Bacterial infections in dogs

Bacterial infections in dogs

Bacteria is a natural part of the organism blend living inside dogs and on their skin, just like bacteria live inside humans and on our skin. Bacteria can be highly useful and for instance help us with digestion, but bacteria can also cause a wide range of disease in dogs and people alike. In some situations, even normally harmless bacteria can cause serious health problems in dogs, e.g. when an antibiotics treatment kills off the normal bacterial flora in the body of a dog, thereby allowing antibiotic resistant bacteria to grow without any competition. A few examples of dog diseases caused by bacteria are Lyme disease, Rocky Mountain spotted fever, Brucellosis, Leptospirosis, Ehrlichiosis and Clostridium.

What are bacteria?

Bacteria (the singular form is bacterium) are unicellular micro-organism that come in many different shapes, including spirals, spheres and rods. Bacteria are normally a few micrometers long; much bigger than viruses. Bacteria is found all over the world, even in the most adverse environments such as acidic hot springs and regions contaminated by radioactive waste. 

Bacteria and antibiotics for dogs

Bacterial infections in dogs can often be successfully combated with the help of antibiotics, but it is important to contact a veterinarian to obtain a proper diagnosis and get the right type of antibiotics. Certain antibiotics are more suitable than others for certain diseases, and the choice of antibiotics will also be determined by the overall health status of your dog. A pregnant bitch must for instance avoid certain types of antibiotics, while adult dogs might be suitable candidates for certain types of antibiotics that are not given to young dogs due to the risk of problems 5 or 10 years down the road. The dosage must also be adjusted in accordance to weight and age of your dog.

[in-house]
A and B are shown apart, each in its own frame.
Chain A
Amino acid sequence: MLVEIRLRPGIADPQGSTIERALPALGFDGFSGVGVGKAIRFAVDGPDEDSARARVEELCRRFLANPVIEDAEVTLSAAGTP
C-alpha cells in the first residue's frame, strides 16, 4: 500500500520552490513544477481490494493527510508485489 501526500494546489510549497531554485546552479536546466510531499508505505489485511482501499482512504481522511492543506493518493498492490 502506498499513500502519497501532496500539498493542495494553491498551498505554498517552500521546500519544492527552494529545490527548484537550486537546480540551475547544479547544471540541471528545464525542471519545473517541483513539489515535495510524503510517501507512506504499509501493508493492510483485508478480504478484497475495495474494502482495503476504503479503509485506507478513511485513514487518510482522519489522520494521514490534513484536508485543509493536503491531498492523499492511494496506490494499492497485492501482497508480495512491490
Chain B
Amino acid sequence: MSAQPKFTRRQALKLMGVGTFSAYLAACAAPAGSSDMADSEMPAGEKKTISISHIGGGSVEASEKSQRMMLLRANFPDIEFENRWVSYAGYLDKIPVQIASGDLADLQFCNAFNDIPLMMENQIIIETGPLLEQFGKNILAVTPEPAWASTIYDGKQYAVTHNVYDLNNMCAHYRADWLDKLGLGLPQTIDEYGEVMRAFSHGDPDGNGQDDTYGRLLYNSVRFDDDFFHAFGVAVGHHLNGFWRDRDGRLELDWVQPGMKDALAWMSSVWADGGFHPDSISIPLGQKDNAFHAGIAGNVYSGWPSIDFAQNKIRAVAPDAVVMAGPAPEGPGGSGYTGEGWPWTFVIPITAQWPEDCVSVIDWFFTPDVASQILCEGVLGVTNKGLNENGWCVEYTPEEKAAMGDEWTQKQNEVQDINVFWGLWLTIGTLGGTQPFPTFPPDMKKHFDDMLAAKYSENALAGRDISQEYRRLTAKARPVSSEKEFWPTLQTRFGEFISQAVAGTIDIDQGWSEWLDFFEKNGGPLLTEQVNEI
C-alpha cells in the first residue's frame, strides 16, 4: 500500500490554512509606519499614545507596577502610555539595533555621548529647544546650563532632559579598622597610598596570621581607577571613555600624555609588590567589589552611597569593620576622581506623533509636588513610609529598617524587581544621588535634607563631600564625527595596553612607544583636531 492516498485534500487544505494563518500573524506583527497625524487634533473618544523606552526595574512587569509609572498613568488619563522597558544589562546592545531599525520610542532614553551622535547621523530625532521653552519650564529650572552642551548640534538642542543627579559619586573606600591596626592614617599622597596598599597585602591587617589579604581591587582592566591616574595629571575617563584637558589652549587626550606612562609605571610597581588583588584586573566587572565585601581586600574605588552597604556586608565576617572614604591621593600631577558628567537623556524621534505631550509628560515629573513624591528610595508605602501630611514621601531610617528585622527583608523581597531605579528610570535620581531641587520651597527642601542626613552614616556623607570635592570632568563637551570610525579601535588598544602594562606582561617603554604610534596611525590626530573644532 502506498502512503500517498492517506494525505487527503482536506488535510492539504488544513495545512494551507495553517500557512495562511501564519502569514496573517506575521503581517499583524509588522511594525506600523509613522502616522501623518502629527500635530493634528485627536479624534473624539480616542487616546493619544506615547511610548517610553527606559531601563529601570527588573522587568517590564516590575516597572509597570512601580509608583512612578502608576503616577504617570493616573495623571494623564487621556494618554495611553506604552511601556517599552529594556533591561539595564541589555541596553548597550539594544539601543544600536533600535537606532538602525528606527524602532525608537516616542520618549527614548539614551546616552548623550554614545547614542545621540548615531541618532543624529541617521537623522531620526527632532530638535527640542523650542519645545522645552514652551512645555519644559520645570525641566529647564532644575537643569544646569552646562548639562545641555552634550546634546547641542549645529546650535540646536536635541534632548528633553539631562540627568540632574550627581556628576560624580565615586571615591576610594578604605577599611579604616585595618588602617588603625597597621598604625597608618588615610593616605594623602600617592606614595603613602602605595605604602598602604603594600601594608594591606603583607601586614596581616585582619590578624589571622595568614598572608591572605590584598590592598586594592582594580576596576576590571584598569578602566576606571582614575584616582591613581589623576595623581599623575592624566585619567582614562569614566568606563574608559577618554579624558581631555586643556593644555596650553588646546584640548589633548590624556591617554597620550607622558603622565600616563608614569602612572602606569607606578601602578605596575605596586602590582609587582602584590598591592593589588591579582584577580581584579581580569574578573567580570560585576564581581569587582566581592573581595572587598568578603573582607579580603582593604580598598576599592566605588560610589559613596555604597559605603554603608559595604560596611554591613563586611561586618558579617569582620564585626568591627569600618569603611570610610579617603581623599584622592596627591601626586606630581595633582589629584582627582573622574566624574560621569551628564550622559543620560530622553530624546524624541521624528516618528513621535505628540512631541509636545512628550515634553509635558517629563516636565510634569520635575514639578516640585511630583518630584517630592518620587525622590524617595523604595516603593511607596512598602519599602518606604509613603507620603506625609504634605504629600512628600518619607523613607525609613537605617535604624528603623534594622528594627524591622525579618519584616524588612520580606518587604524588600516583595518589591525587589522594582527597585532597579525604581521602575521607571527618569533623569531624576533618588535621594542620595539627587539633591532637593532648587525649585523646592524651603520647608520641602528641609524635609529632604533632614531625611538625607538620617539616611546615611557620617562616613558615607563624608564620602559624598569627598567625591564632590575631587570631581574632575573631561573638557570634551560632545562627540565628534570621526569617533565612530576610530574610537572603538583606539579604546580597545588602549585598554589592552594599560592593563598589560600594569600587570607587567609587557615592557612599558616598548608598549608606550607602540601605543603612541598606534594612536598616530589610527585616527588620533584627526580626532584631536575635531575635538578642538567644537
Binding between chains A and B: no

What are antibiotics?

Antibiotics are chemical compounds capable of abolishing or at least inhibiting the growth of micro-organisms. Originally, the term antibiotics was used for all agents with biological activity against living organisms, but today the term is normally reserved for substances used to control the growth of bacteria, fungi and/or parasites.

The first known antibiotics used by doctors and veterinarians were all isolated from living organisms, including the famous penicillins which are produced by fungi. Before antibiotics were discovered, bacterial disease was often treated with various chemical compounds that also damaged the patient, such as arsenic and strychnine. The new antibiotics were much better at targeting malicious microbes and produced less severe side effects.

Side effects in dogs  

When your dog receives antibiotic treatment, you should keep an eye on possible side-effects. The exact side effects will depend on a wide range of factors, including how the antibiotics are administered, which antibiotics that are used, the dosage, and the overall health status of your dog. Common antibiotics side effects experienced by dogs are nausea, diarrhea, fever, and allergic reactions. Antibiotics can also interact with other drugs and supplements and it is important to tell the vet about any drugs and supplements, including natural remedies, that you give your dog.

Bacterial infections in dogs: (click for more info)
Aspergillosis in dogs
Brucellosis in dogs
Clostridium in dogs
Ehrlichiosis in dogs
Leptospirosis in dogs
Rocky Mountain spotted fever in dogs